Thus it will be seen that even the smallest of bathrooms, and those identically alike, may have a distinctive touch lent them by the taste of the tenant.

Every year the stores are filled with new fashions in varnished papers for bathrooms. Sometimes the design shows a trellis with an interlacing of vines and flowers so that the effect of a bower is produced: Sometimes it is purely conventional, representing tiled walls of blue and white or different colors. These tiled papers often show tulips and roses in each square, or for children are especially designed with Kate Greenaway figures. Any paper may, however, be varnished, the varnish adding in many cases a certain richness of tone to the colors beneath.

Blue and white is always good in a bathroom, the blue and white of the walls being repeated in the blue and white of the bath mats, or the oil-cloth or linoleum on the floor. Linoleum or oil-cloth is always to be urged in bathrooms where the floors are bad, as they are in many of the old-fashioned sort. A rug is easily shaken and gives sufficient warmth to the feet. When varnished papers, marbles, and tiles are out of the question, a bathroom may still be made interesting. Resort must then be had to the painter. A white enamelled paint, for instance, may be divided into four-inch squares by blue lines to imitate tiling. When one is clever at stencilling, a decorative design may be added as a frieze: on white walls, when the enamelled paint below has been made to represent a tiling of green and white, sea-horses and sea-shells conventionally arranged may be stencilled in green just below the ceiling as a frieze. If blue is used, the stencil may follow a different pattern. When the plain wall-space between is filled by a mirror with a white frame, or if the mirror is framed with a wash material like that shown in the border of the curtain, the simplest and most unpretentious of bathrooms may be altogether transformed.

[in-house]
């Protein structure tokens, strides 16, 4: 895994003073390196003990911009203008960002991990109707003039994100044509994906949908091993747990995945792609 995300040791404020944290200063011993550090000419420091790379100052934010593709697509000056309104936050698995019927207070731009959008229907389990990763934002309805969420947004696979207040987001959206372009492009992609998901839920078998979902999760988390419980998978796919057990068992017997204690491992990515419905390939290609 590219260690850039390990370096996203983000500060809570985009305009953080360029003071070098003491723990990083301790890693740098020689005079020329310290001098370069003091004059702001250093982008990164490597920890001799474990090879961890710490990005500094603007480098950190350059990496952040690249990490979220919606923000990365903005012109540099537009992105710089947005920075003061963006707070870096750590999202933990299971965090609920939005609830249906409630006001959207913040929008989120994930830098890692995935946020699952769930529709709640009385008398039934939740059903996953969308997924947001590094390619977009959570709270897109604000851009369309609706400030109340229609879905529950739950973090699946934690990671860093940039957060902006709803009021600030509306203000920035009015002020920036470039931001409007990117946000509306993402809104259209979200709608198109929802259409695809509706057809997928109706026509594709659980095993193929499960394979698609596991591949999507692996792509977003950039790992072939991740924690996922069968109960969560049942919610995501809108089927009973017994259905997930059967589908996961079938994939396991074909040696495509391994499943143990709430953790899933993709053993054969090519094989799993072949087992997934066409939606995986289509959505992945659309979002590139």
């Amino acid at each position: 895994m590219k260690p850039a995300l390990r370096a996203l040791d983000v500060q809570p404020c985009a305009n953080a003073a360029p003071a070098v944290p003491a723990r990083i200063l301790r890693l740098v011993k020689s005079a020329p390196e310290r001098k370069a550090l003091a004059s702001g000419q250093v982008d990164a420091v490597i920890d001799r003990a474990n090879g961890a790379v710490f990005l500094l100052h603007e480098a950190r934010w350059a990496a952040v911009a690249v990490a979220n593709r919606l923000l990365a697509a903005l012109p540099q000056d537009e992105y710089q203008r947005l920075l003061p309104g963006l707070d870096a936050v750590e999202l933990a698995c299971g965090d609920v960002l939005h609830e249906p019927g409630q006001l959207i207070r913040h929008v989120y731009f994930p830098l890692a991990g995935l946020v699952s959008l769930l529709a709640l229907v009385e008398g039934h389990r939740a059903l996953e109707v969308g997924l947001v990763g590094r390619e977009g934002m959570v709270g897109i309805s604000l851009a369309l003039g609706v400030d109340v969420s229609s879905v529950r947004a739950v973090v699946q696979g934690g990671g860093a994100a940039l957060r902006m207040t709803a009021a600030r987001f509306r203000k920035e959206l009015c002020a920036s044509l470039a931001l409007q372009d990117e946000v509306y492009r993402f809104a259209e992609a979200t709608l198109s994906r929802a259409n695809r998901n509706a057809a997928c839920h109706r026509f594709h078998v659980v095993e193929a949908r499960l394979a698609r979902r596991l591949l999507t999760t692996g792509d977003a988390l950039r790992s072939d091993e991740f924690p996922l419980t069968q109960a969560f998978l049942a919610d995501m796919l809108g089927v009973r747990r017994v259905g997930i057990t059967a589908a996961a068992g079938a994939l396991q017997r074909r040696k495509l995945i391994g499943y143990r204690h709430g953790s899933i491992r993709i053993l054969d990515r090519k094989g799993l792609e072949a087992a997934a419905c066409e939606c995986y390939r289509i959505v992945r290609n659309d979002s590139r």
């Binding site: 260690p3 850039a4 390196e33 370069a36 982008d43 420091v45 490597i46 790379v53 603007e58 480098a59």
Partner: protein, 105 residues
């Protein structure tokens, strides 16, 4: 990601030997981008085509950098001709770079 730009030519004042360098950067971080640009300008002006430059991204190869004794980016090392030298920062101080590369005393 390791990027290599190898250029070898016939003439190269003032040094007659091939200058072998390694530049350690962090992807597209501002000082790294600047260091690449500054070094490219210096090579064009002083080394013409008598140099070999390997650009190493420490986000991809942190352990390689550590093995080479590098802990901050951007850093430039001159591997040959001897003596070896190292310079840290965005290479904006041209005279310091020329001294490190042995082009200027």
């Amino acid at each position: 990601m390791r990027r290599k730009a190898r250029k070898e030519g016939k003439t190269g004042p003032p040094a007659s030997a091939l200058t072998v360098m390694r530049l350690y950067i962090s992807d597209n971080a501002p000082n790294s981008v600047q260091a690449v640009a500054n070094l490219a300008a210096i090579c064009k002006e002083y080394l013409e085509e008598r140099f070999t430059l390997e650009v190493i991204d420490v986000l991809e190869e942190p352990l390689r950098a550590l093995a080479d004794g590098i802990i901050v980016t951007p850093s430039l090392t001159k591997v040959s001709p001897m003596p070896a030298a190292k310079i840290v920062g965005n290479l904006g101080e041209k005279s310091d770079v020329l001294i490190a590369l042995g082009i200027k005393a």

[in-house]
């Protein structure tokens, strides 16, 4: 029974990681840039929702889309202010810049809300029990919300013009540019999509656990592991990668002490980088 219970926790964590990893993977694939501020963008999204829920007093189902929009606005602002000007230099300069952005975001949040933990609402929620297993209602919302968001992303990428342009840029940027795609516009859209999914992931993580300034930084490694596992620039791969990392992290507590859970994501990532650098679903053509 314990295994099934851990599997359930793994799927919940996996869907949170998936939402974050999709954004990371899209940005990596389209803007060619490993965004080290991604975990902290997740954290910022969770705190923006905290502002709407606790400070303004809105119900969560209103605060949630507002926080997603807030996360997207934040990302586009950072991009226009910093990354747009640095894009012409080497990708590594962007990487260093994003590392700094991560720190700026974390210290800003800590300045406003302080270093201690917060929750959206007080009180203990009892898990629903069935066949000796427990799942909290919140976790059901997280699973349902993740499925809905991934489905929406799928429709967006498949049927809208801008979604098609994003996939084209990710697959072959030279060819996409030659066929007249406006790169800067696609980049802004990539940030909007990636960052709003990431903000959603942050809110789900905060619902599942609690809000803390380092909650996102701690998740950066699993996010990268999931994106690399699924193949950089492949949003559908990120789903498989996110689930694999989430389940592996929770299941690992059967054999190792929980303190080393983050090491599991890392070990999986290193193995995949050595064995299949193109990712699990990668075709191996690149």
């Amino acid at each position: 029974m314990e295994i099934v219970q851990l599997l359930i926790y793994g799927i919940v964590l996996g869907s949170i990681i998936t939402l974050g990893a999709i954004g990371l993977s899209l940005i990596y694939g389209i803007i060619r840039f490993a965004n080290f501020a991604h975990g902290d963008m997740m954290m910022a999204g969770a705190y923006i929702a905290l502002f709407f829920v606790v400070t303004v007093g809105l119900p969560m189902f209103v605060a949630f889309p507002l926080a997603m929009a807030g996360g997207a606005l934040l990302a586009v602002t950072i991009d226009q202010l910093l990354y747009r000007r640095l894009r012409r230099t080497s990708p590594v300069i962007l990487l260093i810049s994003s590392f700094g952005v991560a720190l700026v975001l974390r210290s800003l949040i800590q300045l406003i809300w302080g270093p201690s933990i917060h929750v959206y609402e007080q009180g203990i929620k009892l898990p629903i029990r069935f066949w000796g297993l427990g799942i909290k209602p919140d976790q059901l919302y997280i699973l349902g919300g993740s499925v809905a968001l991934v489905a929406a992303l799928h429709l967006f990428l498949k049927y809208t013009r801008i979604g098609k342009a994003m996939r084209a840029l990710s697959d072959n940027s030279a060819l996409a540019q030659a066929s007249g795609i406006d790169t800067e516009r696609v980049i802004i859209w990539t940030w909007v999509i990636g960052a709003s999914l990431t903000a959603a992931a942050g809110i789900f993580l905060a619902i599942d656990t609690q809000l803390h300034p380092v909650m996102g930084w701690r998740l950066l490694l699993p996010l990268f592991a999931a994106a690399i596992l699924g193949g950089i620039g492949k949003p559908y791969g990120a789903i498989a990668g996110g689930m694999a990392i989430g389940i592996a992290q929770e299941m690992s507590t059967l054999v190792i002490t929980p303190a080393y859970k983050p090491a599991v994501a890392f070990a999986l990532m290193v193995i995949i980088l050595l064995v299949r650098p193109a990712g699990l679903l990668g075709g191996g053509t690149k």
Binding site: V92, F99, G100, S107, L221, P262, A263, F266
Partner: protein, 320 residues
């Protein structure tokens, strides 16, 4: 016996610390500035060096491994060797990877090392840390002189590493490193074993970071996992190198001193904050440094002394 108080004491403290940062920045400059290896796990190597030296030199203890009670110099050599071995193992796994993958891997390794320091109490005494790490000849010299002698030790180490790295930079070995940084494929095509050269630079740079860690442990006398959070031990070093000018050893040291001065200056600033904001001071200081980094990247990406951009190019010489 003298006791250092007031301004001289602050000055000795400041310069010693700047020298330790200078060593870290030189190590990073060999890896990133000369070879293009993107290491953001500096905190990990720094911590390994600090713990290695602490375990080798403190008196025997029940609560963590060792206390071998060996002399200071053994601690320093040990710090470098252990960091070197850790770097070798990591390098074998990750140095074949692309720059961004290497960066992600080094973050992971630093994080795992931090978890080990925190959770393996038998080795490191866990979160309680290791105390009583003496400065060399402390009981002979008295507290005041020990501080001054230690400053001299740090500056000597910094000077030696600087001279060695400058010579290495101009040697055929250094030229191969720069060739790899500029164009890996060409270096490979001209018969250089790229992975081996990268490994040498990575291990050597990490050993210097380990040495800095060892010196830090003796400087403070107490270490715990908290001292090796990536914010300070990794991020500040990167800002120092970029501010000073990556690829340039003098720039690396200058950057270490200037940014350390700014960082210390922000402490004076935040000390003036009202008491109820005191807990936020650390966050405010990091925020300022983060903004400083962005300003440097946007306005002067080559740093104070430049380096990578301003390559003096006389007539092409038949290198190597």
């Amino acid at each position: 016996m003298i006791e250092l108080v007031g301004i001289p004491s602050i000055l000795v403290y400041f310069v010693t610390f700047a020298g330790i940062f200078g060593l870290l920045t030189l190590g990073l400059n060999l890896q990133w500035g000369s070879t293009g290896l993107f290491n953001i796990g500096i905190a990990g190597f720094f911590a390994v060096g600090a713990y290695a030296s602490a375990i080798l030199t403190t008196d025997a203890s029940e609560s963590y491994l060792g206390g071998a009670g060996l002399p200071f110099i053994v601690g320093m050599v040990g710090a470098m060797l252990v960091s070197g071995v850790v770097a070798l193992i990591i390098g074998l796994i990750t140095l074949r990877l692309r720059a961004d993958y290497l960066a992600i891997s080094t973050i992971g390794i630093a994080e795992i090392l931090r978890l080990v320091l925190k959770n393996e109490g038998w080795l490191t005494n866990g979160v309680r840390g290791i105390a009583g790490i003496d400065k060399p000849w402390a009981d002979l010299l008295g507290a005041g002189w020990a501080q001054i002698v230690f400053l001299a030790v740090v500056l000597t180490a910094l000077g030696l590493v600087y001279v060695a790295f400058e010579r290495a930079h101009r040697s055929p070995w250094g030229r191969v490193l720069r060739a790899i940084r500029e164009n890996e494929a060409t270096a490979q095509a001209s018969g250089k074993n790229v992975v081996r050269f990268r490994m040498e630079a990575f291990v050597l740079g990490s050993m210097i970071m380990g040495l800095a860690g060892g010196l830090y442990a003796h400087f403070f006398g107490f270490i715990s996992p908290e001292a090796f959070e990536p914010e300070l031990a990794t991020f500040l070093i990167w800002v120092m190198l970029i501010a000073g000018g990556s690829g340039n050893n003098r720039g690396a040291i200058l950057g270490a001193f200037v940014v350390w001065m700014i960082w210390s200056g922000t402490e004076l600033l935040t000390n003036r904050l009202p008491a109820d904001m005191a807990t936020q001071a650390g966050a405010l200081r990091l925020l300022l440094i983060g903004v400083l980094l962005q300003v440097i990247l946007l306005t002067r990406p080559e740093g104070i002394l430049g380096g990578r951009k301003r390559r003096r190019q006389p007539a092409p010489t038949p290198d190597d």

In elaborately appointed bathrooms, mirrors are made to serve important purposes, being nothing more nor less than doors to closets. In many instances a small mirror is made to conceal a cabinet for medicines. Sometimes this cabinet appears as a projection in the room, placed over the washstand and shelf. In more elaborately fitted bathrooms, the cabinet is sunk into the wall; the mirror then appears as part of the wall-surface, no suggestion of the concealed door being given. The touching of a spring throws the mirror back and the cabinet is revealed. As everything in these days made after an approved fashion must be antiseptic, this cabinet is also of tiles like the walls, and the thick bevelled-glass shelves on which the medicines are placed can be taken down and washed. This glass is expensive, and where you find it beyond your means, you are strongly urged to have your bathroom shelves so made that they can be readily removed and as readily scrubbed.

Bathrooms 59